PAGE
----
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2002-04-08

Martin Heidegger
B. 9.22.1889 Messkirch, Germany / D. 5.26.1976 Freiberg, Germany
Death

Sein und Zeit. The urge to read Heidegger—where does it come from?
I:3:16. To the everydayness of Being-in-the-world there belong certain modes of concern. Out of the blue—a passing scan of a reference or two, nothing unusual—all of a sudden Boom! There it is.
These permit the entities with which we concern ourselves to be encountered in such a way that the worldly character of what is within-the-world comes to the fore. Say my forbearance towards the Jews is waning as it waned last week—where can I go for a re-fill? Not to the news, that’s for sure. A little more news and one step below pork or not, this infidel gal would been seen at a pro-Palestinian rally.
When we concern ourselves with something, the entities which are most closely ready-to-hand may be met as something unusable, not properly adapted for the use we have decided upon. The tool turns out to be damaged, or the material unsuitable. Not to my mad landlord. Not to my boss. Not to my pill-pushing neighborhood therapist.
In each of these cases equipment is here, ready-to-hand. We discover its unusability, however, not by looking at it and establishing its properties, but rather by the circumspection of the dealings in which we use it. When its unusability is thus discovered, equipment becomes conspicuous. And Murray Hill’s no help at all.
The conspicuousness presents the ready-to-hand equipment as in a certain un-readiness-to-hand. But this implies that what cannot be used just lies there; it shows itself as an equipmental Thing which looks so and so, and which, in its readiness-to-hand as looking that way, has constantly been present-at-hand. . . A tried and true resort then—maybe to Nietzsche—no not again, not so soon. Shakespeare? The Bible? Silence. Silence.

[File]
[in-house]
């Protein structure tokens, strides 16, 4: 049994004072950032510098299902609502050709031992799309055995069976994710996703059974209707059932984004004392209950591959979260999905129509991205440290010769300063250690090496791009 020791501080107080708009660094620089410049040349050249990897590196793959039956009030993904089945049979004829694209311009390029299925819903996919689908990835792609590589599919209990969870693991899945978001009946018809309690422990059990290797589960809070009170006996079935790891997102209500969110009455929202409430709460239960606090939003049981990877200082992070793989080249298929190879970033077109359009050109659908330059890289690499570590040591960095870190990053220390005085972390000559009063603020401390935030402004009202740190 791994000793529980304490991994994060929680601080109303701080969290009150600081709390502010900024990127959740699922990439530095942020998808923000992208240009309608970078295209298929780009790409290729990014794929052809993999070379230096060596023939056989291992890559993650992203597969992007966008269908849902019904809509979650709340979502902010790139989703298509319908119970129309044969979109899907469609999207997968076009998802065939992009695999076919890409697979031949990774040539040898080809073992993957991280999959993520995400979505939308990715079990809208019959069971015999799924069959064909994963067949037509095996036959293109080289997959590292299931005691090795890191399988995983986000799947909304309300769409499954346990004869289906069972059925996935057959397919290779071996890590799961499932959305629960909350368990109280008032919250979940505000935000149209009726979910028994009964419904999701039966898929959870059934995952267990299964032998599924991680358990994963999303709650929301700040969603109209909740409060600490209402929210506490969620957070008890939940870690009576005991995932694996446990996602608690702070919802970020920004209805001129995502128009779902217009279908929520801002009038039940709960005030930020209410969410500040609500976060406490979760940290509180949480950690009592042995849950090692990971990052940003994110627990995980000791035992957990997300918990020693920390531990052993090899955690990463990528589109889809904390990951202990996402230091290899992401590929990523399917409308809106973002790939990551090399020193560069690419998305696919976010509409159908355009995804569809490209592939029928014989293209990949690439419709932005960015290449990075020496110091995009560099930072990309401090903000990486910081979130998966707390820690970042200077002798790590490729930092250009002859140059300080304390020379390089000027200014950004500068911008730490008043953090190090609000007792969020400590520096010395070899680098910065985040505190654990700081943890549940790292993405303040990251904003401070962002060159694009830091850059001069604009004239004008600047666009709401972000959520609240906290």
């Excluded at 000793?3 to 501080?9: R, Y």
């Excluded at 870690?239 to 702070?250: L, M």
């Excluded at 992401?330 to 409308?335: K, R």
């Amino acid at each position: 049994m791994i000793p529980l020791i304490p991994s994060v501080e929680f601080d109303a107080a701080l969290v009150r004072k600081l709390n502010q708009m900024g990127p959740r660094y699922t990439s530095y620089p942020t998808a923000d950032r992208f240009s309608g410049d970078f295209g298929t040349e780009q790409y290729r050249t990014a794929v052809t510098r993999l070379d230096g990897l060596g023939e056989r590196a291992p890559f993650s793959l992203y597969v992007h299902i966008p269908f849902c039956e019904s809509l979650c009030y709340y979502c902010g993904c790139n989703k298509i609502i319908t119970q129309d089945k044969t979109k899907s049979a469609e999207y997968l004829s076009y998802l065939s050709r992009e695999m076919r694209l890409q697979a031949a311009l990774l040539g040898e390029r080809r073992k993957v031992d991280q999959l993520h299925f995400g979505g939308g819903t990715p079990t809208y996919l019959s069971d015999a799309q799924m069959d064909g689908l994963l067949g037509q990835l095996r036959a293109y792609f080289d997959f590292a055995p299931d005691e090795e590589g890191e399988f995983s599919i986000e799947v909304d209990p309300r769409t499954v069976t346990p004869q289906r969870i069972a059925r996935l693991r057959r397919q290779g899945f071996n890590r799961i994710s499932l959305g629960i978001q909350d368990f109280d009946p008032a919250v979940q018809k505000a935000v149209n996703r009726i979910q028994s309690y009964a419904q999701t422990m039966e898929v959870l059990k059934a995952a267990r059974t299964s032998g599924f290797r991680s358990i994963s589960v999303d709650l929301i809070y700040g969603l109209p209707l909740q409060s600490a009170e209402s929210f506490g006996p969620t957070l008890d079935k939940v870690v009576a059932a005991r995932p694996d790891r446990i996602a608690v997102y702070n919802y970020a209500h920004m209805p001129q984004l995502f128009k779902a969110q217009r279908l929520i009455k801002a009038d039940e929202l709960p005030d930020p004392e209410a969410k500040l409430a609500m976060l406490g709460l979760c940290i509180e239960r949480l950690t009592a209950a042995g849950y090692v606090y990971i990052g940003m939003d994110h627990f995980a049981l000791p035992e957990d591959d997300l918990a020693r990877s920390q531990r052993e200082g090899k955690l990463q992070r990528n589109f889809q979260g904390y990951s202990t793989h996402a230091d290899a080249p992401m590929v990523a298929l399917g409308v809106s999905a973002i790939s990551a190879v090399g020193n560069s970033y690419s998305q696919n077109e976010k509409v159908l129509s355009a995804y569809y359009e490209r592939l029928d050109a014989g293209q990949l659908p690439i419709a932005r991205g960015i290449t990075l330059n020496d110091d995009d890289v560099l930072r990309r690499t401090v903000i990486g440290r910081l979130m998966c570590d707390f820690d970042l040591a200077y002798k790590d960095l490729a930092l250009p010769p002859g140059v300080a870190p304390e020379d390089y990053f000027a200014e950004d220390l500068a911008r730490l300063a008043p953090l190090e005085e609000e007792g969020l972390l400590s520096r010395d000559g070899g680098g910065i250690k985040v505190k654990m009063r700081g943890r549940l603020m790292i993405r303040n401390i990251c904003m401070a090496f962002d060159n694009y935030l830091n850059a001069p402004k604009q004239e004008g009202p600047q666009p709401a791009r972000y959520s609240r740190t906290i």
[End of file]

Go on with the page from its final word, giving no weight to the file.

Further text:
In our concernful dealings, however, we not only come up against unusable things within what is ready-to-hand already; we also find things are not ‘to hand’ [“zur Hand”] at all. Again, to miss something in this way amounts to coming across something un-ready-to-hand. Or shall I just go ahead and scold the Jews by finally reading Being and Time by Martin Heidegger, a huge black book whose purchase subjected me, from a pinch-faced Harvard Square clerk, to 1997’s most memorable “like this you’re gonna understand”-ing sneer.
When we notice what is un-ready-to-hand, that which is ready-to-hand enters the mode of obtrusiveness. The more urgently we need what is missing, and the more authentically it is encountered in its un-readiness-to-hand, all the more obtrusive [um so aufdringlicher] does that which is ready-to-hand become—so much so, indeed, that it seems to lose its character of readiness-to-hand. Yes—Heidegger’s Being and Time—to fill a few weeks on the brink, what better bedside reading topic than Being—or Time for that matter? I’ll stock up, take two birds with one stone—or two less a wing, a claw, a lower beak, lost in translation.
It reveals itself as something just present-at-hand and no more, which cannot be budged without the thing that is missing. The helpless way in which we stand before it is a deficient mode of concern, and as such it uncovers the Being-just-present-at-hand-and-no-more of something ready-to-hand. . . (Or was it an “observe the pathetic unawareness that he was a Nazi” sneer—I'd need more detailed records from those days to determine the likeliest course of my projections.)
Anything which is un-ready-to-hand in this way is disturbing to us, and enables us to see the obstinacy of that with which we must concern ourselves in the first instance before we do anything else. Being: me. Time: Sunday, an hour later, in Brooklyn—my bed. My personal urge to read Heidegger: spent; he is cracked in the head on a fault line clearly visible from space as fatal and decisive. I choose forbearance over falling in.
With this obstinacy, the presence-at-hand of the ready-to-hand makes itself known in a new way as the Being of that which still lies before us and calls for our attending to it. But what it meant (or might) to whomever or whatever is counting—how many cash-poor hunchers in bookstore aisles; how many studious kooks scribbling in hovels; how many of the relaxed and rewarded, sinking down for a tingle; how many fingers parting the pages—counting every one. Waiting for the signal to fire up the skillet for our lava yolk’s release.

Quotation from Being and Time (1927)

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